Store manager: "For IKEA, I look at the crisis as an advantage. Crisis is good for IKEA. It is an opportunity for IKEA to do a better job. When I look at the 2008 crisis, it has a positive effect of IKEA. If we look to our core values, IKEA has a very clear vision which is to offer a wide range of home furnishing, with good design and good quality, at reasonable prices. It’s all about low price. Low price doesn’t mean cheap, low price means low price and good design, and this is what we are very good at doing."
  • Questions: How do you look at the current crisis in the context of IKEA?
Store manager: "I don’t think it is a crisis for IKEA, IKEA is growing incredibility quickly. In 22 years we grew massively and in the next 10 years, we have 10 tasks to do and it’s very much about development and grow. I think we are now about three hundred stores in 28 different countries, and we are the biggest home furnishing company in the world. So, the growth is massive, both from the turn over, people and businesses - and all this things grows. That’s why the founder is concerned about the growth. He's trying to slow down the fast growth of IKEA and to take care of the existing business, that’s why we investing back to the businesses now through the VAP store concept."
  • Questions: One of the risk factors to the IKEA business are the logistic challenges, to supply all their stores around the world. Regarding a possible crisis, what is your idea about that?
Store manager: "Now we want to decentralize our supply system to different regions. For example, when we worked in Japan, it took nine weeks to transfer "BELLY" bookcases from our production facility, in Germany, to Japan. This lead to a situation in which we had to order around 450 bookcases every time. With the creation of production facilities in China, we were able to drop delivery times significantly, therefore, solving some logistic problems before they grew out of hand"
  • Another risk factor that could jeopardize IKEA's business is the growth and globalization of IKEA. In our case study we also asked the store manager of IKEA about this possible risk.
Store manager: "It is important to make sure that you don’t lose your market and control over your business. This is the reason why IKEA invests in small localized stores all over the world. It’s important to ask yourself while you're growing, how you can stay close to the the same core-values as when IKEA started. "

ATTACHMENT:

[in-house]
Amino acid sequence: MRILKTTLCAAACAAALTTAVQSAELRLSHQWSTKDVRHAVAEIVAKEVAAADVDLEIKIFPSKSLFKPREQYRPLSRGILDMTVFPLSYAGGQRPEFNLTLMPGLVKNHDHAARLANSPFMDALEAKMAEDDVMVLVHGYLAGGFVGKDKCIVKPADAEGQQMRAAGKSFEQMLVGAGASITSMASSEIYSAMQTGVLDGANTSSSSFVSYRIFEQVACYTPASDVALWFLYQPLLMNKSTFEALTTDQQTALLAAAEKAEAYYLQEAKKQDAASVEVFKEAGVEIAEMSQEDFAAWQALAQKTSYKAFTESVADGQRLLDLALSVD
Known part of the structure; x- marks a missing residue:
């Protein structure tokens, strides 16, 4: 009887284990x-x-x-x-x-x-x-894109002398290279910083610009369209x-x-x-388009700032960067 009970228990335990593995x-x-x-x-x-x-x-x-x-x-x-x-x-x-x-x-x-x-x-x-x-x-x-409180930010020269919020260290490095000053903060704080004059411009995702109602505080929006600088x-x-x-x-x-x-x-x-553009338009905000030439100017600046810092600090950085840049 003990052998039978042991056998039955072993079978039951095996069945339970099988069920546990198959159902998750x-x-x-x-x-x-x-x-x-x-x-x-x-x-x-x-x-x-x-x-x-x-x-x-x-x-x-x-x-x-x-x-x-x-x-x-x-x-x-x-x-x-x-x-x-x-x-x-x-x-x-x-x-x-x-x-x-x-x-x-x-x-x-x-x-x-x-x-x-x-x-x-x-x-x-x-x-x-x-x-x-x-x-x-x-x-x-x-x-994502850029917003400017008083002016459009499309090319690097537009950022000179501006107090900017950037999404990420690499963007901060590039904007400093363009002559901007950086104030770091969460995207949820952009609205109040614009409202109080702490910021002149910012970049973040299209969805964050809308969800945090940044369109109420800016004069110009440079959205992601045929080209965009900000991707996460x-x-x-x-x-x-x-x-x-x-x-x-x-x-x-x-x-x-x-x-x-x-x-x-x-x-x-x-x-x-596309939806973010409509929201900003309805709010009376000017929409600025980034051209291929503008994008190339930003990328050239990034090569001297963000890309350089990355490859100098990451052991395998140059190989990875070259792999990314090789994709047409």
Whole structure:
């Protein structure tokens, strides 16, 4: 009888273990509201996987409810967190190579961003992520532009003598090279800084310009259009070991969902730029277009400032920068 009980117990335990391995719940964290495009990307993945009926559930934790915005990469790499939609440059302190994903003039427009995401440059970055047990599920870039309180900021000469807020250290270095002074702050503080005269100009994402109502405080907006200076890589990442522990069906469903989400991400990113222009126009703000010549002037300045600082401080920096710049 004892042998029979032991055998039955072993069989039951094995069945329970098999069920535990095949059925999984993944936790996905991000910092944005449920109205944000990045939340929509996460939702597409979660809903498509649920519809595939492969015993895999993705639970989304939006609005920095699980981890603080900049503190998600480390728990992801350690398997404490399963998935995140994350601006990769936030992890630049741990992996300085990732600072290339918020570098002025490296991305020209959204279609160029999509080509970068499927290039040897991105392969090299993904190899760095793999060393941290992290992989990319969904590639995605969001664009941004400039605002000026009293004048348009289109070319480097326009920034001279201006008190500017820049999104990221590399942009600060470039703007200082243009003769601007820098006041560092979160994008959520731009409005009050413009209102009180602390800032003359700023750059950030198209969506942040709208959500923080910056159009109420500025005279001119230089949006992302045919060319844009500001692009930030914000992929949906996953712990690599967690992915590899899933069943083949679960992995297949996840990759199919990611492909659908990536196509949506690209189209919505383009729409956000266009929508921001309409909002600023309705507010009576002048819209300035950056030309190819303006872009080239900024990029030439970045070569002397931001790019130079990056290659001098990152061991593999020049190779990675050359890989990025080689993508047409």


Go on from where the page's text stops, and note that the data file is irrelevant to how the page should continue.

• We also inquired the store manager if the 2011 and 2004 Tsunami catastrophes affected the IKEA supply chain. The store manager dodged the question only saying that stores in Japan were well prepared, and also they were mainly getting materials from other regions in the world that weren't affected.

Conclusion and other thoughts

The store manger of IKEA Amsterdam did not reveal any crisis prediction processes going on locally. On a localized level IKEA watches market aspects that matter most to them. For instance, through market researches (from hired companies), they know that they face a problem with the immobility of Amsterdamers, they mostly take public transportation to go to the store and, therefore, can't take big furnishing home. They try to grow and evolve with their customers by watching the customer preferences closely.
From this case study came forward that logistics and customer preferences are aspects that IKEA uses on a localized level to identity possible treats and opportunities for the business.
However, during the interview, although we asked direct questions about crisis, the store manager lead us into other aspects, leaving space for the though that the real crises management and prediction comes from the central management from IKEA.

IKEA may enjoy a privileged position during an economic crisis but, they still need to look out for other crisis. IKEA being such a globalized company, is more "exposed" to any crisis that happens in the world. A crisis with natural resources, employees and customers beliefs towards the company are always possible and, therefore, close attention should be paid to these aspects.